Lt Matt Galante is an officer in The 1st Battalion The Princess of Wales’s Royal Regiment. He commands a Police Advisory Team (PAT) in Southern Nahr-e-Saraj district, Helmand province. This is Matt’s second tour of Afghanistan.
I thought I would use blog number two as a chance to explain where I am currently living and what my day to day routine is – needless to say it’s a pretty big shift from my university days in Leeds or my current ‘home’ in Paderborn, Germany.
My team of 16 are based in the Afghan Uniformed Police (AUP) station in Paind Kalay, a village in the centre of Nahr-e-Saraj district, Helmand province. The ‘Kalay’ (Pashtun for ‘village’) is sandwiched between the river Helmand and the Nahr-e-Bugra canal, with an open desert to the North that provides a home for nomadic tribes – and an enormous amount of camels.
Paind Kalay is a maze of mud compounds, hardened by years of blazing sun, and is mostly inhabited by cheeky kids and old farmers with prune-like skin and about ten teeth between the whole community. The farmers tend to their crops in irrigated fields to our South, which makes up the now-infamous Green Zone: a jungle of dense trees and head-high cornfields which make movement an exhausting prospect. The insurgents know that our surveillance systems can’t pick up a lone gunman or IED-layer in the middle of a 10-foot high maize field, so this is where we tend to find the majority of our trouble.
The police station itself is relative luxury in comparison to most of the Kalay. It is one of only two concrete buildings in about 20 square KM, and in typical squaddie resourcefulness it now boasts a well-stocked gym, a temperamental Afghan generator which powers a fridge, a gas stove and a dart board! My team live on one side of the compound, and on the other lives our colleagues for the tour: the AUP.
Paind Kalay police station is the headquarters for the AUP in our area, and is headed up by the charismatic and highly regarded Lieutenant Mohammad Wali. “Moz Waz” (as he is affectionately known) is somewhat of a local celebrity due to his work in creating a secure environment free from corruption and Taliban influence.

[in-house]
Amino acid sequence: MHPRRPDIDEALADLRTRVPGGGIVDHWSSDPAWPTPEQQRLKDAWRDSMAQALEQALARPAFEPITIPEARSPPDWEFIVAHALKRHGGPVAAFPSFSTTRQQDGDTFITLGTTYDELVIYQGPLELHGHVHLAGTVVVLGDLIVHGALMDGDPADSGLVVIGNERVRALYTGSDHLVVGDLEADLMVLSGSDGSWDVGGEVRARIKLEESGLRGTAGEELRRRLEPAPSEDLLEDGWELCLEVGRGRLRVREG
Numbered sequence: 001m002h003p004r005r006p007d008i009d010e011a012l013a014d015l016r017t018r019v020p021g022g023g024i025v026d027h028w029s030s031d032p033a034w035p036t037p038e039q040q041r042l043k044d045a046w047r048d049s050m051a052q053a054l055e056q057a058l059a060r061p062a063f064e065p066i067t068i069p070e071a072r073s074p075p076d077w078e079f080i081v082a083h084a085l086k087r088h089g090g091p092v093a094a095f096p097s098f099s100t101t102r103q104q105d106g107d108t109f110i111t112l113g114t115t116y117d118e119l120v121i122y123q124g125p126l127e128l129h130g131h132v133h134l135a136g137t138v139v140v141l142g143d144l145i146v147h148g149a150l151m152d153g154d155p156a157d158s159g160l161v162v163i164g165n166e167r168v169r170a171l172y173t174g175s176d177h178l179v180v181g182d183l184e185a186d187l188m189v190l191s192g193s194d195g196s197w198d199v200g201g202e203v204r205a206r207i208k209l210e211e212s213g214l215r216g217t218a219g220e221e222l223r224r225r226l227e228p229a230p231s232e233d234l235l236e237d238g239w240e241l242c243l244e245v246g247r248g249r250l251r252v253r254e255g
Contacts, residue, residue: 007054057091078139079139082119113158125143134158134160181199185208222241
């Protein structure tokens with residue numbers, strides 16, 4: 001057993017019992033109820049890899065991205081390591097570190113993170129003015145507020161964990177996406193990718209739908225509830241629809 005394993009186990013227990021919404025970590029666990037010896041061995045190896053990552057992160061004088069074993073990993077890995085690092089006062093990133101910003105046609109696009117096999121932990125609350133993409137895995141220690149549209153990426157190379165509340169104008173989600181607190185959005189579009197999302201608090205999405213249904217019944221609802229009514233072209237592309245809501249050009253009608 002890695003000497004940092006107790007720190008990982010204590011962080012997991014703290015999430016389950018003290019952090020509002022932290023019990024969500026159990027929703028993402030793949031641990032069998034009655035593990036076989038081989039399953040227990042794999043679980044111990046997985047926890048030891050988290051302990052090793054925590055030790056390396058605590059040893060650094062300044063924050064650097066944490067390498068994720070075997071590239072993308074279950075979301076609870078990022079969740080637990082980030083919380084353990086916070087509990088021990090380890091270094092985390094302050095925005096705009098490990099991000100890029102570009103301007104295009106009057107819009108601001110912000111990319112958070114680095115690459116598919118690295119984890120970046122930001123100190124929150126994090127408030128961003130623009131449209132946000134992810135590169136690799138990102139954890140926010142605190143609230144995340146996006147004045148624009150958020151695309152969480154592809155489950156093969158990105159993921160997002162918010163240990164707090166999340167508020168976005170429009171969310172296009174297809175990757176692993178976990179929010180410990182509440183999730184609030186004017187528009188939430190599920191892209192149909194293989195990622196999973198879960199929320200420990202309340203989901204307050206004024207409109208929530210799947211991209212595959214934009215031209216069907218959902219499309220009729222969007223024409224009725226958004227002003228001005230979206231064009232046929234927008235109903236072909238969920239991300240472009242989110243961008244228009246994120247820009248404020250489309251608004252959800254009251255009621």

He is only in his late twenties but holds considerable sway among the local Elders and Mullahs, who all respect the good work he has done. Moz Waz is an affable chap, sometimes a little shy and bemused by all the interest in his work, and he has an amusingly short attention span, but he is a fantastic ambassador for the AUP in the area and will do anything for the men under his command.
The men in question are some 100 patrolmen from the local area, working and living in 11 checkpoints across a 10km stretch. These checkpoints vary in size, location and construction, but all are the ‘front line’ in the battle for security in Nahr-e-Saraj – a battle they are fortunately winning. The AUP in these checkpoints are largely a great bunch, all extremely welcoming of the British and united in their battle for what they see as their own homes and villages. There are some real characters in these checkpoints, and very few visits to these locations pass without plenty of ‘Chai’ (Afghan tea) and laughter.
So where do me and my team fit in? Well, our task as part of the Police Mentoring Advisory Group – or PMAG – is to act as the first line of ISAF support for these checkpoints. We visit each location to teach policing and soldiering skills, help solve any issues they may have, and join them on joint patrols around their Kalays. Our tour is still in its infancy, but I have been genuinely impressed with some of the AUP we have worked with so far – not least because of the amount of brews and food they seem to be throwing my way when we visit! There are few better feelings than getting to a checkpoint after a long patrol with heavy kit to have a pot of Chai waiting for you. Well, a beer would be nicer but that will have to wait until post-tour leave.
I’ll try to talk about some of our patrols and the characters we meet in my next update – in the meantime I’ve got some sleep to catch up on…